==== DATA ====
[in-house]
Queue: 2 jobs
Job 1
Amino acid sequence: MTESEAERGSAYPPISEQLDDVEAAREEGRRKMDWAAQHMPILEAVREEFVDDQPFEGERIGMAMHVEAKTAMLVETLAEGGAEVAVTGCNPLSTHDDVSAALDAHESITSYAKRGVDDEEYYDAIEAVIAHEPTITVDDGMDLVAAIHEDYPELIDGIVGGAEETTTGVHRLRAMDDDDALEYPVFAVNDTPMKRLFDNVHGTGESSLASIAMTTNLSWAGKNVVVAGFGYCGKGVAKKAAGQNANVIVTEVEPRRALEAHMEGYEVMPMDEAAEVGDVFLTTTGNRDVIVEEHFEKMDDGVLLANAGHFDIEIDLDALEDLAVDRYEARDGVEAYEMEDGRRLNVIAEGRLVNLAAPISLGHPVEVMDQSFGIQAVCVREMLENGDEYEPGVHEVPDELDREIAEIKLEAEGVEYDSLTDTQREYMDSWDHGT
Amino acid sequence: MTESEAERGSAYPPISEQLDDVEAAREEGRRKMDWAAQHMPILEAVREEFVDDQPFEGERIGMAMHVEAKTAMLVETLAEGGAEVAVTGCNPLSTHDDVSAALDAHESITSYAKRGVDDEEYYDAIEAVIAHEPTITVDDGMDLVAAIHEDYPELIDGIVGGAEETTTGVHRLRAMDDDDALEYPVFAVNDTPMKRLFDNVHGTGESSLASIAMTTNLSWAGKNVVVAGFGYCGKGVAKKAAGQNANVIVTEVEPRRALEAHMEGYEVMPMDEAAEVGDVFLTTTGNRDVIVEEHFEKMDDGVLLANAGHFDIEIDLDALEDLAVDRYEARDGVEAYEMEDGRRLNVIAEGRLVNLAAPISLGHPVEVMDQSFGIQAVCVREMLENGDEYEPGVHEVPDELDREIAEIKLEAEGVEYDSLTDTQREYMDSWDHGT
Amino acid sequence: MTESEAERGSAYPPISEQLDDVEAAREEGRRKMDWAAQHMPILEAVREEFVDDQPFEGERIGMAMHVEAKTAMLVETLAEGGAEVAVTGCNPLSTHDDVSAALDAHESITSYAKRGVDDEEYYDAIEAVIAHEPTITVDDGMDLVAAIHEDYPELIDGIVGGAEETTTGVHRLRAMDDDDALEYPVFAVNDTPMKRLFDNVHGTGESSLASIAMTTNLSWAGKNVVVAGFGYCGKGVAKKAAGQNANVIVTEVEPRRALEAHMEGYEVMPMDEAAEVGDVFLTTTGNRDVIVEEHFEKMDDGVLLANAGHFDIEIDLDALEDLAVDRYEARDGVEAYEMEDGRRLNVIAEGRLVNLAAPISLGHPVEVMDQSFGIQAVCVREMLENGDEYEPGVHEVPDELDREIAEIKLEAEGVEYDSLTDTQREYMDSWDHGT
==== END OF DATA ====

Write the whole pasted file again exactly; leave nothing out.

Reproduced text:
[in-house]
Queue: 2 jobs
Job 1
Amino acid sequence: MTESEAERGSAYPPISEQLDDVEAAREEGRRKMDWAAQHMPILEAVREEFVDDQPFEGERIGMAMHVEAKTAMLVETLAEGGAEVAVTGCNPLSTHDDVSAALDAHESITSYAKRGVDDEEYYDAIEAVIAHEPTITVDDGMDLVAAIHEDYPELIDGIVGGAEETTTGVHRLRAMDDDDALEYPVFAVNDTPMKRLFDNVHGTGESSLASIAMTTNLSWAGKNVVVAGFGYCGKGVAKKAAGQNANVIVTEVEPRRALEAHMEGYEVMPMDEAAEVGDVFLTTTGNRDVIVEEHFEKMDDGVLLANAGHFDIEIDLDALEDLAVDRYEARDGVEAYEMEDGRRLNVIAEGRLVNLAAPISLGHPVEVMDQSFGIQAVCVREMLENGDEYEPGVHEVPDELDREIAEIKLEAEGVEYDSLTDTQREYMDSWDHGT
Amino acid sequence: MTESEAERGSAYPPISEQLDDVEAAREEGRRKMDWAAQHMPILEAVREEFVDDQPFEGERIGMAMHVEAKTAMLVETLAEGGAEVAVTGCNPLSTHDDVSAALDAHESITSYAKRGVDDEEYYDAIEAVIAHEPTITVDDGMDLVAAIHEDYPELIDGIVGGAEETTTGVHRLRAMDDDDALEYPVFAVNDTPMKRLFDNVHGTGESSLASIAMTTNLSWAGKNVVVAGFGYCGKGVAKKAAGQNANVIVTEVEPRRALEAHMEGYEVMPMDEAAEVGDVFLTTTGNRDVIVEEHFEKMDDGVLLANAGHFDIEIDLDALEDLAVDRYEARDGVEAYEMEDGRRLNVIAEGRLVNLAAPISLGHPVEVMDQSFGIQAVCVREMLENGDEYEPGVHEVPDELDREIAEIKLEAEGVEYDSLTDTQREYMDSWDHGT
Amino acid sequence: MTESEAERGSAYPPISEQLDDVEAAREEGRRKMDWAAQHMPILEAVREEFVDDQPFEGERIGMAMHVEAKTAMLVETLAEGGAEVAVTGCNPLSTHDDVSAALDAHESITSYAKRGVDDEEYYDAIEAVIAHEPTITVDDGMDLVAAIHEDYPELIDGIVGGAEETTTGVHRLRAMDDDDALEYPVFAVNDTPMKRLFDNVHGTGESSLASIAMTTNLSWAGKNVVVAGFGYCGKGVAKKAAGQNANVIVTEVEPRRALEAHMEGYEVMPMDEAAEVGDVFLTTTGNRDVIVEEHFEKMDDGVLLANAGHFDIEIDLDALEDLAVDRYEARDGVEAYEMEDGRRLNVIAEGRLVNLAAPISLGHPVEVMDQSFGIQAVCVREMLENGDEYEPGVHEVPDELDREIAEIKLEAEGVEYDSLTDTQREYMDSWDHGT